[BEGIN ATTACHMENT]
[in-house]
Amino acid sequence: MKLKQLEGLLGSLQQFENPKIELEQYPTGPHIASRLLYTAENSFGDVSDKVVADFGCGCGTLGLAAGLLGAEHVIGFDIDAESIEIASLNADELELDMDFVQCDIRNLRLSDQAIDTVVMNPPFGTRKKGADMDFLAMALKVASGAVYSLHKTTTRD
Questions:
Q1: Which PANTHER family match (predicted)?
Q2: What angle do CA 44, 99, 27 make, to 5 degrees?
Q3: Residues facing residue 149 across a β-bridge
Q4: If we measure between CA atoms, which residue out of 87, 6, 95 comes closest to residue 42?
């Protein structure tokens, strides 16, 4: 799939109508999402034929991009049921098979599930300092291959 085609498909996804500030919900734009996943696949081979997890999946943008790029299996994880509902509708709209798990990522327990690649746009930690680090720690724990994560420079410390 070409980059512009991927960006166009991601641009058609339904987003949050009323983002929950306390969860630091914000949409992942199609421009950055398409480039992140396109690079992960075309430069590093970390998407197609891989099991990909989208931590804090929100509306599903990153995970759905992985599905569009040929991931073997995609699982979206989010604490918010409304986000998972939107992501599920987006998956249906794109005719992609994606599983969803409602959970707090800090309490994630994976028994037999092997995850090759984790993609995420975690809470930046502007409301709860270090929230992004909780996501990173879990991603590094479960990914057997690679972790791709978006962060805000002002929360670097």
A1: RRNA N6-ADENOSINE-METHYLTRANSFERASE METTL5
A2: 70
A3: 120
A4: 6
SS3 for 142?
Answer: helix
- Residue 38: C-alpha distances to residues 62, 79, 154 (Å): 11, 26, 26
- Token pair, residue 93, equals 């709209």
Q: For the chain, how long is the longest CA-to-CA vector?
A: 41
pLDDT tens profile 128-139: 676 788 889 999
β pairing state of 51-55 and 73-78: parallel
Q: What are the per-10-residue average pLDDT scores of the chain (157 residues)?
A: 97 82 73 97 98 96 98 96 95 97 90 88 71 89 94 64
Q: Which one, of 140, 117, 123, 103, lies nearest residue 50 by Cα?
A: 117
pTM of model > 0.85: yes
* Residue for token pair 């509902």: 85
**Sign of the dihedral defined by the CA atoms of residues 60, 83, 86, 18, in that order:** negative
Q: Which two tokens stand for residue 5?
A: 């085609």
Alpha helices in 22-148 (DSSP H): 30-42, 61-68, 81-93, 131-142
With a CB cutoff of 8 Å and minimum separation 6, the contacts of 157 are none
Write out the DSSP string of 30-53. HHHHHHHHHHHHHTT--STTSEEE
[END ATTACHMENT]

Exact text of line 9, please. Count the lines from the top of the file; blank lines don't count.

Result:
A1: RRNA N6-ADENOSINE-METHYLTRANSFERASE METTL5